Posts Tagged ‘graphics-by-deeperbeige’

Deeperbeige

Monday, May 25th, 2009

deeperbeigeThe site you’re currently looking at underwent a fairly major update from an old fashioned HTML site (created many years ago) to a whizzy new WordPress powered affair. All done in-house of course, and I’ll be posting any newly completed work here. Feel free to subscribe to the RSS feed to keep up to date, or browse through whatever sections you wish.

The-Therapy

Saturday, January 10th, 2009

the-therapyThis CMS driven website was designed and built for the owner of a beauty-therapy company. There wasn’t much content last time I checked, but the site design is worth a quick look nonetheless.

Update: The site has since been taken down.

Hanna in a Choppa

Wednesday, November 5th, 2008

hanna-in-a-choppaCan you help Hanna pilot her chopper through 21 unique and puzzling levels? Use keyboard or mouse controls and fly your way to success.

Play Hanna in a Choppa

Postmortem:

For this game, I didn’t have any external clients. I didn’t have any final goal for it. I didn’t really have much of an initial goal for it. It evolved from almost nothing into something pretty special, almost by itself.

Hanna in a Choppa started life as Hanna on a Hoppa, which was going to be a physics game based on the latest version of my now fairly advanced AS2 physics engine. I’d just given it nice stable flat surfaces to bounce masses off, and they worked an absolute treat. I thought it would be hilariously funny if you played a sort of springy ragdoll called Hanna sat atop a space hopper, bouncing around off all sorts of surfaces and generally causing mayhem. I built the prototype in a short space of time, and discovered that it sucked. Bad. It turns out that space hoppers and physics games go together considerably less well than you might imagine. After fiddling with it for a while, I shelved the idea.

Later, whilst mulling over the name, I thought it’d be amusing to extend the punnage of the Hoppa into all sorts of other things. Hanna in a Choppa seemed like a good one, and I almost immediately had an idea of how to code up the helicopter in the physics engine. I threw a prototype together, and lo and behold it worked a treat.

Initially, the helicopter controls were inspired by an old Amiga game, Zeewolf. That had such an amazing feel to it, I wanted to do something similar, but in 2D. My controls worked and were mightily tactile, but suffered from the mouse wandering off-screen a bit. This is a virtually unsolvable issue in Flash, as you can’t constrain the mouse, but I could at least detect it and auto-pause the game, so it didn’t cause you to crash.

So on I went. I picked a simple in-your-face 2-tone graphical  style mainly because I’m not great at drawing, but partly because it would perform superbly. And partly because it would hide overlapping object errors in the physics! From the cartoonish over the top style came the cartoonish over the top captions and level designs. The project grew and grew until about half the levels were done, and it had enough interface screens to show around to some friends for a bit of playtesting.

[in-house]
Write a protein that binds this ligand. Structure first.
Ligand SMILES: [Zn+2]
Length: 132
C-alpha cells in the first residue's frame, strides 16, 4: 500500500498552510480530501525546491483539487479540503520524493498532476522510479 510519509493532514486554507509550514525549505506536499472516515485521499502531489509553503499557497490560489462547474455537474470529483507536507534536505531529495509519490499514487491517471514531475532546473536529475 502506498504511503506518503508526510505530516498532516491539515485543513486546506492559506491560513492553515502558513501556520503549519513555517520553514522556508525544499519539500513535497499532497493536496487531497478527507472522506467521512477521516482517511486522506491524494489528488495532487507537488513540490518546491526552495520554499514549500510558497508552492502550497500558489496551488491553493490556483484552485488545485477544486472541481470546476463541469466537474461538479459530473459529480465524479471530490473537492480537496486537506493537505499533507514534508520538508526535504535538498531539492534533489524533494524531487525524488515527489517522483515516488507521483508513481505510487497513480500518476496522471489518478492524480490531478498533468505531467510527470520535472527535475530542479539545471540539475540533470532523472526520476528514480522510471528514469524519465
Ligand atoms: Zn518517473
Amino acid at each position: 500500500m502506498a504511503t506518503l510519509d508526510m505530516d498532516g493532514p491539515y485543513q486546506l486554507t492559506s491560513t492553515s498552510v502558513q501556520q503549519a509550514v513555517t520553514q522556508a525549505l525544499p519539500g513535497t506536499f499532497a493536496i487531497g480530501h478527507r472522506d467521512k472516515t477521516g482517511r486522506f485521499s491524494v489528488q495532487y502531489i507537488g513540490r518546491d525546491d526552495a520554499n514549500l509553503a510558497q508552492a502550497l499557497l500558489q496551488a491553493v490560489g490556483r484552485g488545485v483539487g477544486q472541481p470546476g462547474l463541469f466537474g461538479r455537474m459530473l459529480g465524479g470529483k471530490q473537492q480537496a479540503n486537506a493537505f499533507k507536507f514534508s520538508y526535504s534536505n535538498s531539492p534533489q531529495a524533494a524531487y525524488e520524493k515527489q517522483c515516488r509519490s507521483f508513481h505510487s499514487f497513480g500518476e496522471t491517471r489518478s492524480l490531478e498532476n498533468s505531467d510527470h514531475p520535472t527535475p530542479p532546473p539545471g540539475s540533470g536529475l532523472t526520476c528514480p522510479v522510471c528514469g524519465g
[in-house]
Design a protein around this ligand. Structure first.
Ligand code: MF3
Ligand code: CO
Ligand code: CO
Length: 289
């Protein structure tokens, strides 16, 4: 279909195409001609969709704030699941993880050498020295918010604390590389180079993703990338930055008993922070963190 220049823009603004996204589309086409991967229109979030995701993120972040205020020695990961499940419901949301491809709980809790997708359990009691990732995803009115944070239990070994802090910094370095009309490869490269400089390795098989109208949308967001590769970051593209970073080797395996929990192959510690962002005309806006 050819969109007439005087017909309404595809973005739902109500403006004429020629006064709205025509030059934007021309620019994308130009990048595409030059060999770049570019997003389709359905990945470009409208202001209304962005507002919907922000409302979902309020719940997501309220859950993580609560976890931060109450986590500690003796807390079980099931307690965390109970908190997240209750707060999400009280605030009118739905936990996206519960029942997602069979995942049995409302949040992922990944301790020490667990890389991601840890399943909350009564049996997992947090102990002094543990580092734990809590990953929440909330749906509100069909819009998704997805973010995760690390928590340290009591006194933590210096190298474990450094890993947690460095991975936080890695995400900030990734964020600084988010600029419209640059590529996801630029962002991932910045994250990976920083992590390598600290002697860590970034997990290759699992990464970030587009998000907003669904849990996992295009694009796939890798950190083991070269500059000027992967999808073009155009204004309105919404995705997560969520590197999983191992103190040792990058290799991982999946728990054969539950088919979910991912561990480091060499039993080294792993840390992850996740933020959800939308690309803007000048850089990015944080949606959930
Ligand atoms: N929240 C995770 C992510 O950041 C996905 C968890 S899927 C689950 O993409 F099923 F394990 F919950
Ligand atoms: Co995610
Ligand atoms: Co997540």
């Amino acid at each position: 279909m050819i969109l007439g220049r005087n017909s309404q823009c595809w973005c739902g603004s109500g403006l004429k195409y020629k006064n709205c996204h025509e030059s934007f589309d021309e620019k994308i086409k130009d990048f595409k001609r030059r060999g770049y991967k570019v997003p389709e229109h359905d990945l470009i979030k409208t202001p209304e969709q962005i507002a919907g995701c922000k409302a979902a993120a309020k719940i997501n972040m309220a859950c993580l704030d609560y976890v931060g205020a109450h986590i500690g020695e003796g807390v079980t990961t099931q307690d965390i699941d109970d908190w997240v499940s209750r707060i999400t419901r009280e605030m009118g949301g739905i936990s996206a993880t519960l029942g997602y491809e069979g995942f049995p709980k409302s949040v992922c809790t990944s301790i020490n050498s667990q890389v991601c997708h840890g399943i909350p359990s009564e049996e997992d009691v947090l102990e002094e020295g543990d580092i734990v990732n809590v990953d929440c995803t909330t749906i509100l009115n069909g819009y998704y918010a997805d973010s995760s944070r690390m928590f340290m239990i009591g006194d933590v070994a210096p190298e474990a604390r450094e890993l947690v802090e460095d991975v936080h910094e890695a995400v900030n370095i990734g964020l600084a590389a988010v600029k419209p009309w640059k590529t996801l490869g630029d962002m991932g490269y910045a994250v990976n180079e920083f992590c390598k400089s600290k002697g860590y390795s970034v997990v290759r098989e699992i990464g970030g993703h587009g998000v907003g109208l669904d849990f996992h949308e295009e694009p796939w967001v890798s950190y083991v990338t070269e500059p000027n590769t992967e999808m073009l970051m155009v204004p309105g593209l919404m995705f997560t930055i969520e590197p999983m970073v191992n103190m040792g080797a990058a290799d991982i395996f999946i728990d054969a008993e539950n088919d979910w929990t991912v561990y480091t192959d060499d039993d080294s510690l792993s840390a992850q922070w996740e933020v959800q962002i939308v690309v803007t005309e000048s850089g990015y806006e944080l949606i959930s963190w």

Disaster.

Nobody could get the hang of the controls. The beautiful tactile controls that I adored so much, and that I could fly with such finesse. All I wanted was to give that experience of harmony to the world, but nobody got it. Nobody understood. Everyone who tried, ended up stuck upside down in any nook or cranny.

I tweaked those controls. I added sensitivity settings, subtle self-righting, clever damping, non-linear response curves, all sorts. They all damaged the experience for me, and none helped for other people. I caved in and added key controls that drove the same force vectors that the mouse was attached to.

This was better. People could at least fly for a while now. For a while. Without any finesse, and bumping off walls a lot. On the plus side, now people were playing for long enough to appreciate the level design a little more. The fact that you could pick items up with a winch, push them around etc. The way each level presented a different challenge and task, not just a harder set of obsticles to fly through.

But it still wasn’t good enough. People got frustrated and still gave up quickly.

I caved a second time and added the key controls that you can play in-game today. You push right. The chopper flies right. You push up. It goes up. And so on. Finally it was accessable and everyone could play it. I didn’t like the idea of losing the mouse controls though, so kept them in and put the easier keys on an option.

An option that nobody played long enough to find.

So I added a new screen at the start of the game. New players were asked to make one choice – easy key controls, or hard mouse controls. A lot of people selected easy at this point and went on to have a lovely time. A significant number picked hard however, and within 30 seconds of gameplay hated the game. The curious thing here is that they never went into options at this point and changed back to easy. They just quit and went elsewhere.